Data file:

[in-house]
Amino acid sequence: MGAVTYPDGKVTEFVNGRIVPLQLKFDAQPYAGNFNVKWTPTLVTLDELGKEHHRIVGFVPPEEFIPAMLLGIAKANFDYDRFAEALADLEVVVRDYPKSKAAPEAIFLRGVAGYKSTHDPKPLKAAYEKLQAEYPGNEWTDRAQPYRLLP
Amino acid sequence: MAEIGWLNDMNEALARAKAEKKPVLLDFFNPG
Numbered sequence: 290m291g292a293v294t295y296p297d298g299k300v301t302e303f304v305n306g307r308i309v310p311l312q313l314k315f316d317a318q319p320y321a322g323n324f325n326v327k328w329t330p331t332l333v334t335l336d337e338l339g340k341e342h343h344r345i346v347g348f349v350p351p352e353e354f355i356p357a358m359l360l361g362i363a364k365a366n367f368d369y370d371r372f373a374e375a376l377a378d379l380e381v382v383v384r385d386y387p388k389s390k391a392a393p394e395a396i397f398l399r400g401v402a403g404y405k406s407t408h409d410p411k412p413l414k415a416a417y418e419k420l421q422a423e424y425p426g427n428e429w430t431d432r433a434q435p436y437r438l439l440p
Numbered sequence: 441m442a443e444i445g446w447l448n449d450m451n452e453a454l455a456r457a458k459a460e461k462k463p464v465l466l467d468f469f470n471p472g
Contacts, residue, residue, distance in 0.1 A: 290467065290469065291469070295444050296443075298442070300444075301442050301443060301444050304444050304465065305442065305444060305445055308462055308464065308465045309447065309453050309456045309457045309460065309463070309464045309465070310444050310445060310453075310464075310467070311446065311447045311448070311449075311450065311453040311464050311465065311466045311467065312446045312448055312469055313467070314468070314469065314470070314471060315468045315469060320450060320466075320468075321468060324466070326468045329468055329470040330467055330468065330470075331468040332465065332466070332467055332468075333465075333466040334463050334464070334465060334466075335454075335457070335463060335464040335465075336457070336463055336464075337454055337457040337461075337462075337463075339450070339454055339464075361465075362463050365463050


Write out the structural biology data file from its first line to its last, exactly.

[in-house]
Amino acid sequence: MGAVTYPDGKVTEFVNGRIVPLQLKFDAQPYAGNFNVKWTPTLVTLDELGKEHHRIVGFVPPEEFIPAMLLGIAKANFDYDRFAEALADLEVVVRDYPKSKAAPEAIFLRGVAGYKSTHDPKPLKAAYEKLQAEYPGNEWTDRAQPYRLLP
Amino acid sequence: MAEIGWLNDMNEALARAKAEKKPVLLDFFNPG
Numbered sequence: 290m291g292a293v294t295y296p297d298g299k300v301t302e303f304v305n306g307r308i309v310p311l312q313l314k315f316d317a318q319p320y321a322g323n324f325n326v327k328w329t330p331t332l333v334t335l336d337e338l339g340k341e342h343h344r345i346v347g348f349v350p351p352e353e354f355i356p357a358m359l360l361g362i363a364k365a366n367f368d369y370d371r372f373a374e375a376l377a378d379l380e381v382v383v384r385d386y387p388k389s390k391a392a393p394e395a396i397f398l399r400g401v402a403g404y405k406s407t408h409d410p411k412p413l414k415a416a417y418e419k420l421q422a423e424y425p426g427n428e429w430t431d432r433a434q435p436y437r438l439l440p
Numbered sequence: 441m442a443e444i445g446w447l448n449d450m451n452e453a454l455a456r457a458k459a460e461k462k463p464v465l466l467d468f469f470n471p472g
Contacts, residue, residue, distance in 0.1 A: 290467065290469065291469070295444050296443075298442070300444075301442050301443060301444050304444050304465065305442065305444060305445055308462055308464065308465045309447065309453050309456045309457045309460065309463070309464045309465070310444050310445060310453075310464075310467070311446065311447045311448070311449075311450065311453040311464050311465065311466045311467065312446045312448055312469055313467070314468070314469065314470070314471060315468045315469060320450060320466075320468075321468060324466070326468045329468055329470040330467055330468065330470075331468040332465065332466070332467055332468075333465075333466040334463050334464070334465060334466075335454075335457070335463060335464040335465075336457070336463055336464075337454055337457040337461075337462075337463075339450070339454055339464075361465075362463050365463050